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Radiographic Assessment of Hyperinflation : Correlation With Objective Chest Radiographic Measurements and Mechanical Ventilator Parameters

Margaret M. Johnson; E. Wesley Ely; Caroline Chiles; David L. Bowton; Rita I. Friemanas; Robert H. Choplin; Edward F. Haponik
Author and Funding Information

Affiliations: From the Department of Bowman Gray School of Medicine of Wake Forest University, Winston-Salem, NC, and Department of Medicine, Mayo Clinic Jacksonville, Jacksonville, Fla.,  From the Departments of Medicine, Radiology, and Public Health Sciences, Mayo Clinic Jacksonville, Jacksonville, Fla.

Affiliations: From the Department of Bowman Gray School of Medicine of Wake Forest University, Winston-Salem, NC, and Department of Medicine, Mayo Clinic Jacksonville, Jacksonville, Fla.,  From the Departments of Medicine, Radiology, and Public Health Sciences, Mayo Clinic Jacksonville, Jacksonville, Fla.


1998 by the American College of Chest Physicians


Chest. 1998;113(6):1698-1704. doi:10.1378/chest.113.6.1698
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Abstract

Background: Pulmonary barotrauma is a potentially fatal complication of positive pressure ventilation. We previously found that barotrauma occurred in patients with radiographic hyperinflation, but few objective data define the relationships among hyperinflation, objective chest radiograph (CXR) measurements, ventilator parameters, and development of barotrauma.

Objectives: We sought (1) to assess the relationships among hyperinflation, objective CXR findings, mechanical ventilator parameters, and development of barotrauma. (2) To compare radiographic hyperinflation, ventilator parameters, and incidence of barotrauma in a current group of ICU patients with historical control subjects.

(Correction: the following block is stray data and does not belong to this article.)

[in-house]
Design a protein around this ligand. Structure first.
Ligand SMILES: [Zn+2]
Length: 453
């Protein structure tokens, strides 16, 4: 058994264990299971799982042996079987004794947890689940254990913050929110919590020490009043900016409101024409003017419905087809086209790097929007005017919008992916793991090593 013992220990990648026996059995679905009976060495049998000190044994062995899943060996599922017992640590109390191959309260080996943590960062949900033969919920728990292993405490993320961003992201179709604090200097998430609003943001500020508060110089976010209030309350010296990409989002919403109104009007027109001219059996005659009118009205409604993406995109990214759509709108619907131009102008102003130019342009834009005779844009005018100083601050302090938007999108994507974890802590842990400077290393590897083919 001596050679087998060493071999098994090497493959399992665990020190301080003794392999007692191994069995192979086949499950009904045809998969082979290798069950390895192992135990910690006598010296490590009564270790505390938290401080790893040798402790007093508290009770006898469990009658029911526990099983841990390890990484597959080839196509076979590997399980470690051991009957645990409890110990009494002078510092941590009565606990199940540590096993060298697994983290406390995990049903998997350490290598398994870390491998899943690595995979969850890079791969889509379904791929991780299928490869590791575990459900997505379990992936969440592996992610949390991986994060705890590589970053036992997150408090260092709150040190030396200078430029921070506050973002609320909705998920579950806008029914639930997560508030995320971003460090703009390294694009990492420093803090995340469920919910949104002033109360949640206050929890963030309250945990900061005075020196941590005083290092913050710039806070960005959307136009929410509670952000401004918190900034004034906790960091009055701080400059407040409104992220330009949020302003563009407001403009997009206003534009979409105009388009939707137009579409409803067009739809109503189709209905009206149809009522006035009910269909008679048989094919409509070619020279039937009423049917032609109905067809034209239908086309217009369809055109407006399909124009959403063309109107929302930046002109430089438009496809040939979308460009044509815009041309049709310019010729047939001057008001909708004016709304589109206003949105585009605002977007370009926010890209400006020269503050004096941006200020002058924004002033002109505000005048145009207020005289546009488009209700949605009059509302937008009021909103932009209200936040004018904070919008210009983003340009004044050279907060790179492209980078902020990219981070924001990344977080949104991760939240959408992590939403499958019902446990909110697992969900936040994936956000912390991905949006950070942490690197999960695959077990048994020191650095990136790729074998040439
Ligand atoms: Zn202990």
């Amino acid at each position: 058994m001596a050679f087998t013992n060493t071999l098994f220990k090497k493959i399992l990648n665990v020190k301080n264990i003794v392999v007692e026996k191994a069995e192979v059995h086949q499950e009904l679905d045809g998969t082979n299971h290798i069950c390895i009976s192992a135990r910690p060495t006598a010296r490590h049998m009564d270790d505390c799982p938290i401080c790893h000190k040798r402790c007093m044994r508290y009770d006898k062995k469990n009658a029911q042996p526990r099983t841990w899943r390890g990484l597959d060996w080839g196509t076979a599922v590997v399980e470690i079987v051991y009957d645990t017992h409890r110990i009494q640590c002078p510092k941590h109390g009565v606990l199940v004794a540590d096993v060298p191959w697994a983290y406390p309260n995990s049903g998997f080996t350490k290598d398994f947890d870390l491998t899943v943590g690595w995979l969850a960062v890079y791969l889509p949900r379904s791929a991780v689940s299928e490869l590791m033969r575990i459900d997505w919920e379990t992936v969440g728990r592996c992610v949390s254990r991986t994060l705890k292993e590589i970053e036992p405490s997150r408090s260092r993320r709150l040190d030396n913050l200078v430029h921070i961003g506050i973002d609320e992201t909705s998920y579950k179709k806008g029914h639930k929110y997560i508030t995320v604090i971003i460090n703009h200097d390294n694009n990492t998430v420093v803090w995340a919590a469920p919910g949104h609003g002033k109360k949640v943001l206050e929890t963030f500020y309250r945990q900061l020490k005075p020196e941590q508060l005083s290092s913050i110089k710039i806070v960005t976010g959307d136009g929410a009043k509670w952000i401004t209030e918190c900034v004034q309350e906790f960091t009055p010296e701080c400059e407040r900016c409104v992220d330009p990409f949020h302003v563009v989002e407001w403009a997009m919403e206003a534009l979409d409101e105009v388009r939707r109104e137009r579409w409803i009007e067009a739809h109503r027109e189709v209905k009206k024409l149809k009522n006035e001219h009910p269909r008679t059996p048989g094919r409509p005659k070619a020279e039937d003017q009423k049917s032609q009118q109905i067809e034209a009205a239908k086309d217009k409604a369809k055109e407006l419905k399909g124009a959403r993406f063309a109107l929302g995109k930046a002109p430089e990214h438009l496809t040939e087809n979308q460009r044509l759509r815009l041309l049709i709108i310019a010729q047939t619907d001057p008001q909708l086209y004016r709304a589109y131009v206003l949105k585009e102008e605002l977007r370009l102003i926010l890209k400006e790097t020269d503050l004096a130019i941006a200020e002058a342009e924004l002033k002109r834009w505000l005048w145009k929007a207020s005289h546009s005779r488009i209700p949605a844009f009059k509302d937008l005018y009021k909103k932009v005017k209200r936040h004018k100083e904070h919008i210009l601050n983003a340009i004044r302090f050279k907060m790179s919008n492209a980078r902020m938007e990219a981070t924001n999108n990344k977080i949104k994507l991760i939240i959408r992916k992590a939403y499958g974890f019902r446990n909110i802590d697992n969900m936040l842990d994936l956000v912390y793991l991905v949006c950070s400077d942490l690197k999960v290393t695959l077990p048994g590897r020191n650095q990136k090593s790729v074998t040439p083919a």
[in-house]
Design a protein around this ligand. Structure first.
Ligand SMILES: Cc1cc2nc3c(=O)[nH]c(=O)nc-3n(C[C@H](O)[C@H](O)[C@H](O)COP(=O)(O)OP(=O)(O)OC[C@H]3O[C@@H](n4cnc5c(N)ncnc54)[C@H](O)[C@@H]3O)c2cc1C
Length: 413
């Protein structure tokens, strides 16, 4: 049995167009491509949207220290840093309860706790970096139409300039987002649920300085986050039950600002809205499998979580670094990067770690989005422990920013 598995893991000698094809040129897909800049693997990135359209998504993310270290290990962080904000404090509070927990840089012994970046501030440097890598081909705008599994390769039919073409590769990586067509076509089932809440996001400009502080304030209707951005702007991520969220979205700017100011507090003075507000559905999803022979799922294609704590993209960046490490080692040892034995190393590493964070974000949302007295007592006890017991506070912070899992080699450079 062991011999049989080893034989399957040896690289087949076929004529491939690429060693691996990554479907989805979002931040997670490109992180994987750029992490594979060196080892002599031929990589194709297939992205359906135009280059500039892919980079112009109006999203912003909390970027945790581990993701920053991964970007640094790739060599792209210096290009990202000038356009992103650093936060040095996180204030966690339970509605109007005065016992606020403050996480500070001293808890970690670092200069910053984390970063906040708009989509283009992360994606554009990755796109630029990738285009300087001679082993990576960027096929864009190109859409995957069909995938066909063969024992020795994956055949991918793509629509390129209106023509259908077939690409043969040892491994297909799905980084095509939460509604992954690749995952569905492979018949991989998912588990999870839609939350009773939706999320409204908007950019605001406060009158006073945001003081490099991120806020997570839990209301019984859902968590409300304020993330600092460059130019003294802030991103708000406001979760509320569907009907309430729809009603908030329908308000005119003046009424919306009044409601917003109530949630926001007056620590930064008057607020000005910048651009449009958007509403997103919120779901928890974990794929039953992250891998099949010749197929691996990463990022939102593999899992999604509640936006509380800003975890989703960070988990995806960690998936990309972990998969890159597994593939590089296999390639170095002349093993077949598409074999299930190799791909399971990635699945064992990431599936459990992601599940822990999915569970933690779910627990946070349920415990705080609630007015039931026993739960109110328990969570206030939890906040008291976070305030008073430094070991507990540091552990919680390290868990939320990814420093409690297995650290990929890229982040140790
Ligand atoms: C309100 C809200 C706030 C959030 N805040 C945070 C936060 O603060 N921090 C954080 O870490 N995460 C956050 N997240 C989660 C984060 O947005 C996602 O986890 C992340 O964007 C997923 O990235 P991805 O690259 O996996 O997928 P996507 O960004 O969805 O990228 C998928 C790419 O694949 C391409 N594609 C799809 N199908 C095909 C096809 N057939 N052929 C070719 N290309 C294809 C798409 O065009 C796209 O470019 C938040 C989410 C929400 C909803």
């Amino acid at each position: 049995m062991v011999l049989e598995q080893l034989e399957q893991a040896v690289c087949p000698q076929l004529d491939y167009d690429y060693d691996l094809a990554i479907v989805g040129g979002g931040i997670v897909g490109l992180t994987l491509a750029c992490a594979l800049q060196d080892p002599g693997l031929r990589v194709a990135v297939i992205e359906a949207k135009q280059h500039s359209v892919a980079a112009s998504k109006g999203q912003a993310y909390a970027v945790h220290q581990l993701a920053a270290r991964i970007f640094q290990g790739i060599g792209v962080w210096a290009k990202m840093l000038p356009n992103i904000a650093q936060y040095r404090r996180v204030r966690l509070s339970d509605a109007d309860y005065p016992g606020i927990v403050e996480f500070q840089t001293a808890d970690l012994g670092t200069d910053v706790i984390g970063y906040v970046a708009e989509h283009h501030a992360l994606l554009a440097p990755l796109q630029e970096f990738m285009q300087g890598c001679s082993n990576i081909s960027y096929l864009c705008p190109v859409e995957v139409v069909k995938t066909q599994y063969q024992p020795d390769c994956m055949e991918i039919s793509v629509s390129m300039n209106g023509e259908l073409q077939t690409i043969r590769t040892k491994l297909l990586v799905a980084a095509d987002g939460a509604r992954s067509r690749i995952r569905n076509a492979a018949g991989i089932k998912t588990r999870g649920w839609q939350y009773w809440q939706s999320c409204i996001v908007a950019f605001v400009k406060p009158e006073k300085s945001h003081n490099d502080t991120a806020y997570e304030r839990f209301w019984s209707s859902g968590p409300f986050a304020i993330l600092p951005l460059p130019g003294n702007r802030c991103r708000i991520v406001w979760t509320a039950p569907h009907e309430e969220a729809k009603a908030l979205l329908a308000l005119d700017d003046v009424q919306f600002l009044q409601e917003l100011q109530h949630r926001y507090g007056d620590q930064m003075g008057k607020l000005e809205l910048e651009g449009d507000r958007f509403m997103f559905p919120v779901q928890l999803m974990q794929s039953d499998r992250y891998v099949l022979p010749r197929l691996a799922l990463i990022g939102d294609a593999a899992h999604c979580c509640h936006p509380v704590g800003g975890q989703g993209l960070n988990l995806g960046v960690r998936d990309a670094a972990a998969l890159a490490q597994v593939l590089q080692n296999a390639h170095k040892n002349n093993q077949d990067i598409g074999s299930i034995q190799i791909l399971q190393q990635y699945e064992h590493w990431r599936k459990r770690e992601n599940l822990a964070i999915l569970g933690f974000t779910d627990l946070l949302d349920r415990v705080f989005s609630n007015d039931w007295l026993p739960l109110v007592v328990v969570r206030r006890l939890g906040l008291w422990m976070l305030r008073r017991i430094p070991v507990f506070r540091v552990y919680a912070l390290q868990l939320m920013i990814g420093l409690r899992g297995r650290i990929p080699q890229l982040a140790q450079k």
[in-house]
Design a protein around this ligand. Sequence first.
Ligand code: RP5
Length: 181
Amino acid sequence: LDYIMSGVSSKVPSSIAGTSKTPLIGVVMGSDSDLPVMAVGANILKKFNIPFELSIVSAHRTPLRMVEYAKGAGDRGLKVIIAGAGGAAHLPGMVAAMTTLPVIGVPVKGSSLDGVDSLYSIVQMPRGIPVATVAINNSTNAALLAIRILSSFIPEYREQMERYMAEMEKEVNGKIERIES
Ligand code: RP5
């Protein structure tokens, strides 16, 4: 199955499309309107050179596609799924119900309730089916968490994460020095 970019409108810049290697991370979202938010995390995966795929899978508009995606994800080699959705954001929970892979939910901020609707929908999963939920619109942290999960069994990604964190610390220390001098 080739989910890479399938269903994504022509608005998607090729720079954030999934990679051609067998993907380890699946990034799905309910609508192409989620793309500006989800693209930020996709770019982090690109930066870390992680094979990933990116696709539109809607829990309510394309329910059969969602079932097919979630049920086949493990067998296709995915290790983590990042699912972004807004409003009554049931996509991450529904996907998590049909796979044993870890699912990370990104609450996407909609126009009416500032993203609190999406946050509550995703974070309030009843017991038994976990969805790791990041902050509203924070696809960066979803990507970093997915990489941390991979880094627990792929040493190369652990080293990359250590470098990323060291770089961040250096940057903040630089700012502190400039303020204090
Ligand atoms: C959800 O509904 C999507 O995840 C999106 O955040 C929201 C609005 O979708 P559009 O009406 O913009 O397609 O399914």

Setting: Medical and surgical ICU patients in a university hospital.

Design: Prospective blinded observational study; comparison of current series with historical control subjects.

Methods: One hundred two prospectively enrolled mechanically ventilated medical and surgical ICU patients each received portable supine CXRs that were reviewed independently by three radiologists who made objective measurements and subjectively determined the likelihood of hyperinflation. Ventilator parameters were recorded at the bedside at the time each CXR was obtained. CXR measurements and ventilator parameters were then related to the development of barotrauma during the course of ventilation and compared with findings of a prospective study at our institution 1 year earlier.

Results: Radiographically recognizable hyperinflation occurred in 18 of 102 mechanically ventilated ICU patients (18%) and correlated with lung length (24.7 vs 19.8 cm; p<0.05) and the anterior rib number that intersects the hemidiaphragm (5.4 vs 4.7; p<0.05). Patients with hyperinflation were ventilated at higher tidal volume per kilogram (VT/kg) (11.0 vs 9.4; p=0.0081), but peak airway pressure, plateau pressure, and positive end-expiratory pressure were similar. There were significant decreases in VT (810 vs 739 mL; p=0.015) and VT/kg (11.0 vs 10.1 mL/kg; p<0.001) in these mechanically ventilated ICU patients in comparison to hospital control subjects evaluated during the previous year. Paralleling these changes was a decrease in the frequency of CXR hyperinflation (p=0.003) and the incidence of ventilator-associated barotrauma (6.5% vs 0.98%; p=0.048).

Conclusions: Ventilation at higher VT/kg is associated with a higher incidence of CXR hyperinflation. Radiographic hyperinflation is associated with lung length ≥24.7 cm and visualization of the sixth anterior rib. Patients with hyperinflation may be at greater risk for developing barotrauma or volutrauma. Ventilatory strategies utilizing lower volumes are associated with a lower incidence of such trauma in the current sample as compared with historical control subjects.


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